Sam Borstein's Cichlid Page

Metriaclima pulpican
(Tawil, 2002)

Likoma Blue Frost
Synonyms: Cynotilapia pulpican, Pseudotropheus sp. "kingsizei"

Metriaclima pulpican
Above: A male Metriaclima pulpican "Likoma". Photo by Sam Borstein.


Genus- Metri= average (Latin), clima= slope (Latin).


Metriaclima pulpican has become a fairly hot item in the cichlid hobby. This beautiful fish is extemely active and becoming more readily available in the trade. Females of this species also develop a little color adding to its popularity.

Originally described as Cynotilapia pulpican back in 2002 by Tawil, it has since been moved to the genus Metriaclima. Tawil believed that Cynotilapia could house Zebra type species. Konings argues that the mouth morphology and mainly the method of feeding are very similar to that of other Metriaclima and it should be moved into that genus (Konings, 2007)


Metriaclima pulpican is found at Maingano Island and Likoma Island in Lake Malawi. The fish are associated with rocks.

Size, Maturity, and Sexual Dimorphism:

Size: Males- 4 inches, Females- 3 inches
Maturity: 2 inches
Sexual Dimorphism: Males are larger than females and have far more color than the females. Females lack the strong black markings and the blaze on the head.

Metriaclima pulpican
Above: A female Metriaclima pulpican. Photo by Sam Borstein.


Although Metriaclima pulpican is active and territorial, its aggression can be easily managed. I did find it to be the dominant fish in the tank even though it was kept with fish double its size. I've found it best to mix a group of this species in a community tank with other mbuna, Malawi haplochromines, and Vics that are fairly aggressive as well. This allows the aggression to be dispersed more evenly throughout the tank. A large tank should be used, minimum of 4 feet in length. The tank should be decorated with plenty of rock and other territories for the fish to hide in.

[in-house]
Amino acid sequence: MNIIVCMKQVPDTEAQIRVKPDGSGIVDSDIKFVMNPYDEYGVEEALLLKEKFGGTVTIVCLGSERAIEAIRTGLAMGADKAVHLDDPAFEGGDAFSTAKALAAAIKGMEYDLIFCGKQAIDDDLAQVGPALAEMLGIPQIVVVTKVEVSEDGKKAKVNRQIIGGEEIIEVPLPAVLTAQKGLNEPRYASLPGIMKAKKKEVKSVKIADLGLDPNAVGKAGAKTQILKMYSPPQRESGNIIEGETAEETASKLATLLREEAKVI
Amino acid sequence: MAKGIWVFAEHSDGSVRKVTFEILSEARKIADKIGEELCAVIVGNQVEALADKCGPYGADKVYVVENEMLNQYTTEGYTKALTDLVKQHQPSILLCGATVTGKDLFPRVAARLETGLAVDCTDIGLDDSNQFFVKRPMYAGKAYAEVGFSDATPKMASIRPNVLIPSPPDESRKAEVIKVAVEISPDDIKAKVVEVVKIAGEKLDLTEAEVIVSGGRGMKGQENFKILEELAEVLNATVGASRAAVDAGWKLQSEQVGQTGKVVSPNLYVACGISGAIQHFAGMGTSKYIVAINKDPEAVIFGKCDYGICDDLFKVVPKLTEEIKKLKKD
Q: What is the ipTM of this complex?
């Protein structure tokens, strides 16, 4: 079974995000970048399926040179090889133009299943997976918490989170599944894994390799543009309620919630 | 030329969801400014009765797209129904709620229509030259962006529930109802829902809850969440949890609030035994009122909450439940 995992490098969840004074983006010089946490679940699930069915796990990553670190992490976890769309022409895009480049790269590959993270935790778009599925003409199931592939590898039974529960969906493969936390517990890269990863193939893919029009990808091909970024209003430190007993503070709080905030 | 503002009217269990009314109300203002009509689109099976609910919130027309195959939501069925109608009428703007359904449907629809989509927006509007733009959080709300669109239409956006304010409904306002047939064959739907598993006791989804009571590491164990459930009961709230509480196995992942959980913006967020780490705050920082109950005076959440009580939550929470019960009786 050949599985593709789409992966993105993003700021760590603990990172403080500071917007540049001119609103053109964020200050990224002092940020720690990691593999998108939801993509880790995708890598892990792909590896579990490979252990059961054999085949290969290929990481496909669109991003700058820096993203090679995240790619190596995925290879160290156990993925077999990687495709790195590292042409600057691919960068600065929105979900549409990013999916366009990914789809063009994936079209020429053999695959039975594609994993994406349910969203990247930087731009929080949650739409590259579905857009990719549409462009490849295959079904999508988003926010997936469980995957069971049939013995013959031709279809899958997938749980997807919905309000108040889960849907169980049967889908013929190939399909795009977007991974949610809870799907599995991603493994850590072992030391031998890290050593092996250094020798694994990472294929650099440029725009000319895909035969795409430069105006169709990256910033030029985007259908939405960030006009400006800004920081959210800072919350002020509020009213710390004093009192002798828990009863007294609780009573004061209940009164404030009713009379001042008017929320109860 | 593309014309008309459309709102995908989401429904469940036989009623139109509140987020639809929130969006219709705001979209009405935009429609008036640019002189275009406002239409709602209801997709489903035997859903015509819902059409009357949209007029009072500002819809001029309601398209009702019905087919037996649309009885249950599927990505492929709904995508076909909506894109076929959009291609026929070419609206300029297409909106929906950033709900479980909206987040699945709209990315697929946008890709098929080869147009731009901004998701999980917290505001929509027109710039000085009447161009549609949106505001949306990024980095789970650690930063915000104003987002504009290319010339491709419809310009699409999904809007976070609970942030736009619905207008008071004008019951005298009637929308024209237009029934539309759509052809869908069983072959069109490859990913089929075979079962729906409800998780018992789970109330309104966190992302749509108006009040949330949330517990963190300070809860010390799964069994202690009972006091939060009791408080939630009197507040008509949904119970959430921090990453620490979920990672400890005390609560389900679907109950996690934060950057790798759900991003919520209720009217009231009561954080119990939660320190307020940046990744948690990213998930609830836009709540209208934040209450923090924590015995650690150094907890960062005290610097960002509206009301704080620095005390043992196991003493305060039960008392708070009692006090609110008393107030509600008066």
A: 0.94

Above: A male Metriaclima pulpican. Photo by Sam Borstein


Metriaclima pulpican feeds on algae in the wild. In aquaria it does well on a balanced diet of flakes and pellets, but a vegetable pellet or flake is a must in the meal plan.


I found Metriaclima pulpican easy to breed. Males construct a depression at the base of a rock or piece of slate in which they court females from and spawn in. Females are excellent holders and will hold for about three weeks. The fry are small but eagerly take baby brine shrimp or finely crushed flake foods. A typical spawn is around 30 fry.

Metriaclima pulpican female
Above: A female Metriaclima pulpican "Likoma" holding eggs. Photo by Sam Borstein.

Konings describes the interesting behavior of this species in the wild. Males dig depresions under rocks from which they court. What is interesting is they defend the rock above the depression and don't forage from it, using it to attract females. If a female is foraging from the rock, but won't spawn, the male chases her out of the territory.


Metriaclima pulpican is a beautiful and popular species. Although it can be a tad aggressive, it is an excellent aquarium fish. This fish seems to be around quite a few clubs at the moment and is rather easy to obtain. It also is commercially bred and periodically pops up in pet shops.